Reflections Exercise - Use with your Team

The trick is to create a starting point, a snapshot of what is happening right now. Keep it simple. I've suggested working through these questions to help you bring clarity to your outer game needs.

  • What metrics will indicate if you are ‘on-track’ or ‘off-track’.

  • What behaviours will indicate if you are 'on-track’ or off-track’?

  • What things do we need to do individually, and as a team, to stay on-track?

  • Do our actions reflect our values and the way we work? (This impacts upon alignment.)

Then, you create two simple systems to work on gap reduction.

  • Create a problem-improvement tracker to help achieve your metrics.

  • Create a feedback and behaviour improvement system within your teams to ensure your outer game stays on track and that your actions reflect the values.

Of course, you have to be committed to making change happen in a way that is right for you. And, you need honesty, and the skills and trust to deeply reflect as a team. There are many ways to do this, one size doesn't fit all. Just use the questions that will help, or adapt to your circumstances. And, feel free to get in touch if you would like to discuss implementing simple ways to work on your Outer Game.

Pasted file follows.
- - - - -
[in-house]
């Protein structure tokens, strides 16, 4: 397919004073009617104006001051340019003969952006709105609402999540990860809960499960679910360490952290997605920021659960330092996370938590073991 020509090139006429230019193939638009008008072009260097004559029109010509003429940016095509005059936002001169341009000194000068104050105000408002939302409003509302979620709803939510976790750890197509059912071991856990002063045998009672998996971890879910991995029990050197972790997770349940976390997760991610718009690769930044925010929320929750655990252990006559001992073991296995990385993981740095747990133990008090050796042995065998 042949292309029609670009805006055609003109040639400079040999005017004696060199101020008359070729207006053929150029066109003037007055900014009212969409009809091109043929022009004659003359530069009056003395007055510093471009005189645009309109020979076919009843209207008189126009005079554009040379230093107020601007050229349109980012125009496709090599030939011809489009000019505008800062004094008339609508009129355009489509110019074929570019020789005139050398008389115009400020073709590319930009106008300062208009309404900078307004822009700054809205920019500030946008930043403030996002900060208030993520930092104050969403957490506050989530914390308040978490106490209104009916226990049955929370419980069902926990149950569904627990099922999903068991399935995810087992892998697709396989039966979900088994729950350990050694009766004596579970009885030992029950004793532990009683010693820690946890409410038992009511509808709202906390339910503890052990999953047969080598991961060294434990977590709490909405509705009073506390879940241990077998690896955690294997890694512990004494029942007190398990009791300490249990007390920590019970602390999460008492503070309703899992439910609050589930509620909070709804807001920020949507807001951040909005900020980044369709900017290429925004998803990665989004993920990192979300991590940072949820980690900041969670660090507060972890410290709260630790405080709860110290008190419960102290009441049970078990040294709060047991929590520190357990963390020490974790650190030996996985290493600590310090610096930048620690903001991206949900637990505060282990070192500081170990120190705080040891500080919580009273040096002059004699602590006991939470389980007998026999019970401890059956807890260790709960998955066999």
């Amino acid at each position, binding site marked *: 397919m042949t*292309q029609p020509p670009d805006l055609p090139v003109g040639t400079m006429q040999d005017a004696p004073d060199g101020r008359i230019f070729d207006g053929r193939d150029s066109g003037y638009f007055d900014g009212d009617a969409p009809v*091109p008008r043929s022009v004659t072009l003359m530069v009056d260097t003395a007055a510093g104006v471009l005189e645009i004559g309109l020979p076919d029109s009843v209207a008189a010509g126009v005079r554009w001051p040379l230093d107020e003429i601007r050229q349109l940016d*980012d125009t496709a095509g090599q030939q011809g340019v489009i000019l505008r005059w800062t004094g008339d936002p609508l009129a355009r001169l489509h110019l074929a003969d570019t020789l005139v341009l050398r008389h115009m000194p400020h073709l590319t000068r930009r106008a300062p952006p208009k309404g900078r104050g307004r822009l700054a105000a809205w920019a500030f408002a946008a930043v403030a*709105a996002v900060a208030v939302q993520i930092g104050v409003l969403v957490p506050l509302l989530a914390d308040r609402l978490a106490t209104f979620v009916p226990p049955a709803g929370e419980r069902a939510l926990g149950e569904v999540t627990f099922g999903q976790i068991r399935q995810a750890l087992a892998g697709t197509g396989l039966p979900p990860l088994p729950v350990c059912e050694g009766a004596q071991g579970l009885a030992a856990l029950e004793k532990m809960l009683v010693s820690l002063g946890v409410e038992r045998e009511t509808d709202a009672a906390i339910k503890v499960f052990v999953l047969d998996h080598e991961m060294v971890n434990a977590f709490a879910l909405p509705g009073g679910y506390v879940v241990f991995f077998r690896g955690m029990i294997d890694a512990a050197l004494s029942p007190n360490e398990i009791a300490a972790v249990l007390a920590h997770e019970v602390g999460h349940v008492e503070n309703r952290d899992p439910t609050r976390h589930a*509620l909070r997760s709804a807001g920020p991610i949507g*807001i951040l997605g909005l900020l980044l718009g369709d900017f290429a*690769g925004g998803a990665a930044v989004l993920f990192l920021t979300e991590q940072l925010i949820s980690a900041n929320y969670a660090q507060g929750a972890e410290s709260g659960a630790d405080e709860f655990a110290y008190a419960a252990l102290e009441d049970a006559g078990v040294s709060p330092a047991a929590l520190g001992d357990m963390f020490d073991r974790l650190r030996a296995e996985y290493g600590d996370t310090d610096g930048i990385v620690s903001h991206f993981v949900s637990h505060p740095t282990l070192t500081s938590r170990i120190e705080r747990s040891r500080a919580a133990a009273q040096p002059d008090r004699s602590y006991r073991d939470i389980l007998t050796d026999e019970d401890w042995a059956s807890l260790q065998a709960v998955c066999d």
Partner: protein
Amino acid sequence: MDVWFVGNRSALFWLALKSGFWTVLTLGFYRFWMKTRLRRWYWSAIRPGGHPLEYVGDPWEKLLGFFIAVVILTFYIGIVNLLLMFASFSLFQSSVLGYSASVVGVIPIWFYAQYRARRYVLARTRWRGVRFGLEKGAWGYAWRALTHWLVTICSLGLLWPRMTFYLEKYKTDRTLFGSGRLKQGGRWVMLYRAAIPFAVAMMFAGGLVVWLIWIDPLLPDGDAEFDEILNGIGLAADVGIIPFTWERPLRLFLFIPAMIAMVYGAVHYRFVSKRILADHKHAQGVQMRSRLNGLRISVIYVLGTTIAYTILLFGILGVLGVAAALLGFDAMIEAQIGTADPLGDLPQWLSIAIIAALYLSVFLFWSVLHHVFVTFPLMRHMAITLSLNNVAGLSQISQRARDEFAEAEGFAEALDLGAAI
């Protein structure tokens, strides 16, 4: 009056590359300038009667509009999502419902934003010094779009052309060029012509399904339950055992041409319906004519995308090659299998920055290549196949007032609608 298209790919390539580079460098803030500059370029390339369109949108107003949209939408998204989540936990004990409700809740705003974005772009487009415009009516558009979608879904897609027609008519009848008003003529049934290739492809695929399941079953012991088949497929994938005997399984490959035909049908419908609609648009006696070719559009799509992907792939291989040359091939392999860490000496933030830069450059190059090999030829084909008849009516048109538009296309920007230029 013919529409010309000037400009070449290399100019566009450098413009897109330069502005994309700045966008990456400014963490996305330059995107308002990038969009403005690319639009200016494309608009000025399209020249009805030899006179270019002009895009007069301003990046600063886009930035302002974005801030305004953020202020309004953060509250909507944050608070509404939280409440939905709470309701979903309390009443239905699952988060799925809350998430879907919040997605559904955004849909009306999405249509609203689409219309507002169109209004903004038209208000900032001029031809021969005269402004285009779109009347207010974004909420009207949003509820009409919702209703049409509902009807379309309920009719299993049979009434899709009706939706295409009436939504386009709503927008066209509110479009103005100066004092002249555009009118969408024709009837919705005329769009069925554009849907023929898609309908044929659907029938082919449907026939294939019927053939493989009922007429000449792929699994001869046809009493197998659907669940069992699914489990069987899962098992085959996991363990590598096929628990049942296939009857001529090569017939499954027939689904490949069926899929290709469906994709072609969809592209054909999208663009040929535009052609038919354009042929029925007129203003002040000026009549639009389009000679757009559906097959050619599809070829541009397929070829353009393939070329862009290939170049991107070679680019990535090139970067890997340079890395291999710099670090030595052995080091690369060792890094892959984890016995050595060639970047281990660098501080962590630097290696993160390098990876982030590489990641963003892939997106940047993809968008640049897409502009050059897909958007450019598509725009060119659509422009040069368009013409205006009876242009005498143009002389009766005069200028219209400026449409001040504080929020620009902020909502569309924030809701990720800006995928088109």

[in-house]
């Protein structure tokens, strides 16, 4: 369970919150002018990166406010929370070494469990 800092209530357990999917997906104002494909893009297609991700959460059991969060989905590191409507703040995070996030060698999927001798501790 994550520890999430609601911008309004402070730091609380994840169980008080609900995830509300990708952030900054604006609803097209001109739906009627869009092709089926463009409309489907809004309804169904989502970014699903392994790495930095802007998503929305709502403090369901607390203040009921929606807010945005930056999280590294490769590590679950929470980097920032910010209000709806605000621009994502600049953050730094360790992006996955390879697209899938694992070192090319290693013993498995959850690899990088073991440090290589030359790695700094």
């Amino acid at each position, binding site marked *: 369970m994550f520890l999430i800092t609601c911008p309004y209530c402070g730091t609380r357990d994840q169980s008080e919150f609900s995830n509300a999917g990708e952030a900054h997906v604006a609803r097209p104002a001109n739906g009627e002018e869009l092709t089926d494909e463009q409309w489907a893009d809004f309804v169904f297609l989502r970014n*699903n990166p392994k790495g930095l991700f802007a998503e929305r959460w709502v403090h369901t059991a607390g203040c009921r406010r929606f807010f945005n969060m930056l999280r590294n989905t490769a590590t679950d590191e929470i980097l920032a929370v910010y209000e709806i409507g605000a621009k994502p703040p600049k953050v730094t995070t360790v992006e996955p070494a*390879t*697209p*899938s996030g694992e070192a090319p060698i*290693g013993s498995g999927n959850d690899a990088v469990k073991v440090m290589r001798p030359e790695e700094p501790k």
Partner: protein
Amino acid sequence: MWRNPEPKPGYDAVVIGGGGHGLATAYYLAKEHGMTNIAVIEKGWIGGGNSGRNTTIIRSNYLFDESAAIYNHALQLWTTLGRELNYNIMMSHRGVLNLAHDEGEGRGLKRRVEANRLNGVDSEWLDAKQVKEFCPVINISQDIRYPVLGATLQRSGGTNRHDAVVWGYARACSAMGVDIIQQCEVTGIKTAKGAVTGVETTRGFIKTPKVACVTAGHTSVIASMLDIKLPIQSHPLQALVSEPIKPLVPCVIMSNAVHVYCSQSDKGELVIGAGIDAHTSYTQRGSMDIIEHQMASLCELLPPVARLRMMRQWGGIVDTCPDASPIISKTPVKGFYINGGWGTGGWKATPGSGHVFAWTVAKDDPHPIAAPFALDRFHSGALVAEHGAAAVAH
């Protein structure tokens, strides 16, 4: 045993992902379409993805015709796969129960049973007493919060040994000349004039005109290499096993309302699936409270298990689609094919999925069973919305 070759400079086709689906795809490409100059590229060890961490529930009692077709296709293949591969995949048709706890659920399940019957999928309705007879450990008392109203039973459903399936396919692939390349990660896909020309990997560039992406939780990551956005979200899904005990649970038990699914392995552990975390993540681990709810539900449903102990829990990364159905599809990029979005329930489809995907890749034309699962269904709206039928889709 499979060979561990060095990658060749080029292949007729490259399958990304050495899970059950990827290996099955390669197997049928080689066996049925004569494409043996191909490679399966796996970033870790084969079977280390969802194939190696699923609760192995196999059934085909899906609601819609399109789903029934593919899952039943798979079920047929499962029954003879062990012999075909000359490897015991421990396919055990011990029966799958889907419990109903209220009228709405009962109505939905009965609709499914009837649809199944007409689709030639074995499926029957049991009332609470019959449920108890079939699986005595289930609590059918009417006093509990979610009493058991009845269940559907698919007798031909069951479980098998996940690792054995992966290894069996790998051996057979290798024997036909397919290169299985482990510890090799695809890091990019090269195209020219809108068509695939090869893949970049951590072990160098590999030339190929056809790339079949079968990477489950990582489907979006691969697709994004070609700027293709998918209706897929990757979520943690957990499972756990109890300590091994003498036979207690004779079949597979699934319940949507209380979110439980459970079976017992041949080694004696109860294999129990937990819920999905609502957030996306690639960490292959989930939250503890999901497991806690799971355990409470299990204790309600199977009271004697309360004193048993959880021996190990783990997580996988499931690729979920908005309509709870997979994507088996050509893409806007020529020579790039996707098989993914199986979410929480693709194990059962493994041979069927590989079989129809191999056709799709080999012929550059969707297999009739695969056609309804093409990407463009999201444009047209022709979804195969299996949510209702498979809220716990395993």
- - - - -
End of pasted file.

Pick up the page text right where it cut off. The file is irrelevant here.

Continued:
Cheryl Lyon-Hislop is a global HR Consultant and was the Head of Organisational Design and Change at AB World Foods (Pataks, Blue Dragon, Amoy, Levi Roots), HRBP – Co-op Group, and OD Consultant for Kellogg (Europe). She has also worked in various HR/L&D roles with Barclays, Nightfreight GB, RBS Group, Microsoft, Hewlett Packard and United Utilities.